Laclede's Landing Wax Museum has been scaring and astonishing sightseers since 1983. Behind its 1885 cast-iron façade, the museum harbors more than 200 life-size figures across five levels and 10,000 square feet of museum space. The display of doppelgangers includes presidents, superheroes, historic figures, and movie stars, allowing visitors to gaze upon scores of famous faces without taking the rigorous paparazzi entrance exam. In the Chamber of Horrors, fictional villains old and new, including Freddy Krueger and the Phantom of the Opera, test the mettle of onlookers. Patrons can stop by the museum's gift shop before leaving or replenish the energy spent arguing with the statues with the help of ice cream, hot dogs, and other snacks at the ice-cream parlor.

720 N 2nd St
Saint Louis,
MO
US

Something new is always happening at Saint Louis Science Center, where hundreds of staff members and volunteers ignite visitors’ passion for science and technology with educational exhibitions and special events. The center houses a four-story Omnimax Theater, a hands-on life-science lab and atrium, and a variety of constantly changing exhibitions that draw 1.2 million visitors every year. More than 9,000 stars revolve around the 80-foot domed ceiling of the James S. McDonnell Planetarium, whose two levels of exhibits explore the future of space travel, life on the international space station, or Pluto’s bureaucratic search to regain planetary status.

5050 Oakland Ave
Saint Louis,
MO
US

The Museum of Alaska Transportation and Industry traces its roots back to 1967, during the centennial celebration of Alaska becoming a territory of the US. At this time, it exhibited only six retired railroad cars that served as troop carriers during World War II and formed the Centennial Train, a traveling historical exhibit. Today, nearly 50 years later, the museum stays put at its 20-acre location that includes a train yard and an exhibit hall, where the staff collects, conserves, and restores artifacts relating to the state’s industrial history.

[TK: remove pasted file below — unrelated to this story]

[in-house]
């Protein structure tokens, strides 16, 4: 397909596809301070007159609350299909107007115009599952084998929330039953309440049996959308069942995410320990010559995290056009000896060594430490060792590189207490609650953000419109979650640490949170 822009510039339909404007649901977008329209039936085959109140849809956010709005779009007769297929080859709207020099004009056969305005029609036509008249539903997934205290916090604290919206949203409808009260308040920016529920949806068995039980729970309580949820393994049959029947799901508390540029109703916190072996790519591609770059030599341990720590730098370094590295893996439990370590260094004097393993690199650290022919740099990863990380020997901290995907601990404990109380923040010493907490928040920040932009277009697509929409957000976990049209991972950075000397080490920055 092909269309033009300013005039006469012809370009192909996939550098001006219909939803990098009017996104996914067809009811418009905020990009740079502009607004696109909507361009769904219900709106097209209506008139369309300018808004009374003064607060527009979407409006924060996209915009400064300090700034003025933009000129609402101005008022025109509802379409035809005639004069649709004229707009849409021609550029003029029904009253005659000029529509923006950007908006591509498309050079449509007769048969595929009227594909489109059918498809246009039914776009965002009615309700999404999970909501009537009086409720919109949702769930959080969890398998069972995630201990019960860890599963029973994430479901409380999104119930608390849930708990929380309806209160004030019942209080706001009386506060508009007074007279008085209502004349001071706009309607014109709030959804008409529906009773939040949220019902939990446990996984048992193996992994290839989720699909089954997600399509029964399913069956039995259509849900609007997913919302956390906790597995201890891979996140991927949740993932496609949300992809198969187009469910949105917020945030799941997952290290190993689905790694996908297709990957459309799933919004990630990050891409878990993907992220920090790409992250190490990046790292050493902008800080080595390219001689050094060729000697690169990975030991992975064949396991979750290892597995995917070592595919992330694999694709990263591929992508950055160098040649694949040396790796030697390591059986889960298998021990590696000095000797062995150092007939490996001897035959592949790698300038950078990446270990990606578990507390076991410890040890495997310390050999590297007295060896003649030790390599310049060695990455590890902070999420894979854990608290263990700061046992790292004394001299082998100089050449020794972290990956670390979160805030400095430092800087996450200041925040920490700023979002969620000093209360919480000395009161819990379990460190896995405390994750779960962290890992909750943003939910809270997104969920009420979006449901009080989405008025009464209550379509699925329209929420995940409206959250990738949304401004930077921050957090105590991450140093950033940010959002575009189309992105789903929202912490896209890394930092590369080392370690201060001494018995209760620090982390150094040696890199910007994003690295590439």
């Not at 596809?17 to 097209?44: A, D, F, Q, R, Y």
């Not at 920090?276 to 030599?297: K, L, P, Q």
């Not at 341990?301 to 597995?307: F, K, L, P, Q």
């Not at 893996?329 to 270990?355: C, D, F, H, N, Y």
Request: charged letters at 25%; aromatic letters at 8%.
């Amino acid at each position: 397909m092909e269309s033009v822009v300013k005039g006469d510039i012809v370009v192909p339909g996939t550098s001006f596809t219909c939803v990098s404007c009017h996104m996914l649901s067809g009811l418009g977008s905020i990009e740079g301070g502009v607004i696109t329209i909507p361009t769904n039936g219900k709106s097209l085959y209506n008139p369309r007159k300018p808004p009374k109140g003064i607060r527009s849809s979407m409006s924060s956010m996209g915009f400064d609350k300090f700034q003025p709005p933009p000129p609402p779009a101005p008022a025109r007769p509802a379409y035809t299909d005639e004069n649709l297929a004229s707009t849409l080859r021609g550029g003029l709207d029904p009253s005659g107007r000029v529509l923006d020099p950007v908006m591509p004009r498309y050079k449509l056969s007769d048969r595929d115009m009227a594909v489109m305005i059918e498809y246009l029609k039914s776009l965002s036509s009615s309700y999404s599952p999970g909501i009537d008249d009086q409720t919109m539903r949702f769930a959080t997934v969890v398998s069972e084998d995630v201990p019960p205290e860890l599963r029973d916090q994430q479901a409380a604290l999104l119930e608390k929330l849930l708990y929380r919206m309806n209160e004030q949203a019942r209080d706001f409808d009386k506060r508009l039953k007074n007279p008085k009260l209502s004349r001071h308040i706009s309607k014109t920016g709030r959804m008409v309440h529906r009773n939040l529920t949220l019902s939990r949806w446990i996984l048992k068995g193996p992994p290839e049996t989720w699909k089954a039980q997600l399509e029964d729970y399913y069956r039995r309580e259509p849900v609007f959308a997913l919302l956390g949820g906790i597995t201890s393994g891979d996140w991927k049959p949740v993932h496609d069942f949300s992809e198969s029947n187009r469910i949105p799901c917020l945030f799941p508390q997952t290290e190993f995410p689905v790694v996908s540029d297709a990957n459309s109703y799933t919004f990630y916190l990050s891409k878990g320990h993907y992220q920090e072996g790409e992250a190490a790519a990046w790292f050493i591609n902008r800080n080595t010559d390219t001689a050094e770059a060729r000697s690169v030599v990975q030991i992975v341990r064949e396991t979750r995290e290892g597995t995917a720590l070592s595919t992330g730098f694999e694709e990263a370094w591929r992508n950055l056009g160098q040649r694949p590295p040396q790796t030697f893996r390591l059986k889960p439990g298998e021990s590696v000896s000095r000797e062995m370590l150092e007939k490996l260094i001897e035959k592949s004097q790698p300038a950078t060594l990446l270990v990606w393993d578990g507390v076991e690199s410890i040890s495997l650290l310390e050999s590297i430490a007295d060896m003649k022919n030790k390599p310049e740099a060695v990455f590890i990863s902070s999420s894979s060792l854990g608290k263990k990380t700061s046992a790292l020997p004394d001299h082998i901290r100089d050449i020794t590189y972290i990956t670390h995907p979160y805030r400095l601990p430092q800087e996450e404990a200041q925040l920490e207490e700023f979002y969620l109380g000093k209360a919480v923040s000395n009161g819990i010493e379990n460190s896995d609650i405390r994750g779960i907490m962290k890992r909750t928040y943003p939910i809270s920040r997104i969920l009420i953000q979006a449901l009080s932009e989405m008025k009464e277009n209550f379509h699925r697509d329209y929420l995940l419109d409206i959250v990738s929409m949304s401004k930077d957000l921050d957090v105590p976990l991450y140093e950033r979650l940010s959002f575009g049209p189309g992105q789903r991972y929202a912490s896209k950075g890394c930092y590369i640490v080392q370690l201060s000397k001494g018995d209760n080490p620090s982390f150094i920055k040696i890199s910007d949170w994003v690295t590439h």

3015 Barrett Station Road
St. Louis,
MO
US

Today's Groupon gives adventurous art-lovers a yearlong individual membership with all the perks, at the award-winning Contemporary Art Museum for $20. Get a membership to take advantage of the museum's most ambitious group show since its grand opening: For the blind man in the dark room looking for the black cat that isn't there.

3750 Washington Blvd
Saint Louis,
MO
US

This three-story home might look unremarkable from the outside, but inside it holds a wealth of St. Louis history. The Eugene Field House & St. Louis Toy Museum opened in 1936 and has since been named a National Historic Landmark, because it once housed not one, but two men important to American history.

  • The Building: A line of 12 rowhouses were built here, in 1845, and Roswell Field and his family lived there for 14 years, from 1850 until 1864. Today, it's the last of the row left standing, and it's been lovingly restored both inside and out to appear much as it did in the late 19th century.

  • The Home: Decorated in period furnishings, including many that belonged to the Field family, the first floor holds an era-specific double-parlor entertaining space. The second features the master bedroom.

  • Dred Scott: The second floor also holds Roswell Field's study, which doubles as an exhibit on the landmark case of Dred Scott, a slave seeking freedom for whom Roswell acted as attorney as the case made its way to the Supreme Court.

  • The Toys: Eugene Field, Roswell's son, made a name for himself in the literary world, first as a humor writer for daily newspapers, then as a children's poet. Most people will probably know him for penning, among many, "Wynken, Blynken, and Nod." He was also an avid toy collector. The third floor displays a rotating collection of toys dating back to the 1780s, plus two and a half centuries' worth of books.

  • Past Exhibit: Over 200 "Liberty of London" dolls from the 1950s, which include famous people from politics, literature, and science.

634 S Broadway
Saint Louis,
MO
US